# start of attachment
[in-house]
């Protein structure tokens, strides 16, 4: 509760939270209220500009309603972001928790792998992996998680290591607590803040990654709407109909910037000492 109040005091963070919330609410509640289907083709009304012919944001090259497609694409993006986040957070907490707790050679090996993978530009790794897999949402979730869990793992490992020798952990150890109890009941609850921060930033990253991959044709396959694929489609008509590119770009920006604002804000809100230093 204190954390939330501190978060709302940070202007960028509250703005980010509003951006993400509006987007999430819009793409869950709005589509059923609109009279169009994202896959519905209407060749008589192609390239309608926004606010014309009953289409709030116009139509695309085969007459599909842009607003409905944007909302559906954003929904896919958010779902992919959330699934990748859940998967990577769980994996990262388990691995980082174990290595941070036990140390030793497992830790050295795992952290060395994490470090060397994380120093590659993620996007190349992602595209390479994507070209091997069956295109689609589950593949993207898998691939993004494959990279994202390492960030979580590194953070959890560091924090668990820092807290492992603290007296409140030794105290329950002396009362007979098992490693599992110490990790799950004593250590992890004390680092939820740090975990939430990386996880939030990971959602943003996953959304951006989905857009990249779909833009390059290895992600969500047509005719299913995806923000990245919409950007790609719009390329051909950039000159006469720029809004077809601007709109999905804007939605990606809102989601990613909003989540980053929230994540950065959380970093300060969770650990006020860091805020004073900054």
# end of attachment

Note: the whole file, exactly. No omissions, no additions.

[in-house]
């Protein structure tokens, strides 16, 4: 509760939270209220500009309603972001928790792998992996998680290591607590803040990654709407109909910037000492 109040005091963070919330609410509640289907083709009304012919944001090259497609694409993006986040957070907490707790050679090996993978530009790794897999949402979730869990793992490992020798952990150890109890009941609850921060930033990253991959044709396959694929489609008509590119770009920006604002804000809100230093 204190954390939330501190978060709302940070202007960028509250703005980010509003951006993400509006987007999430819009793409869950709005589509059923609109009279169009994202896959519905209407060749008589192609390239309608926004606010014309009953289409709030116009139509695309085969007459599909842009607003409905944007909302559906954003929904896919958010779902992919959330699934990748859940998967990577769980994996990262388990691995980082174990290595941070036990140390030793497992830790050295795992952290060395994490470090060397994380120093590659993620996007190349992602595209390479994507070209091997069956295109689609589950593949993207898998691939993004494959990279994202390492960030979580590194953070959890560091924090668990820092807290492992603290007296409140030794105290329950002396009362007979098992490693599992110490990790799950004593250590992890004390680092939820740090975990939430990386996880939030990971959602943003996953959304951006989905857009990249779909833009390059290895992600969500047509005719299913995806923000990245919409950007790609719009390329051909950039000159006469720029809004077809601007709109999905804007939605990606809102989601990613909003989540980053929230994540950065959380970093300060969770650990006020860091805020004073900054």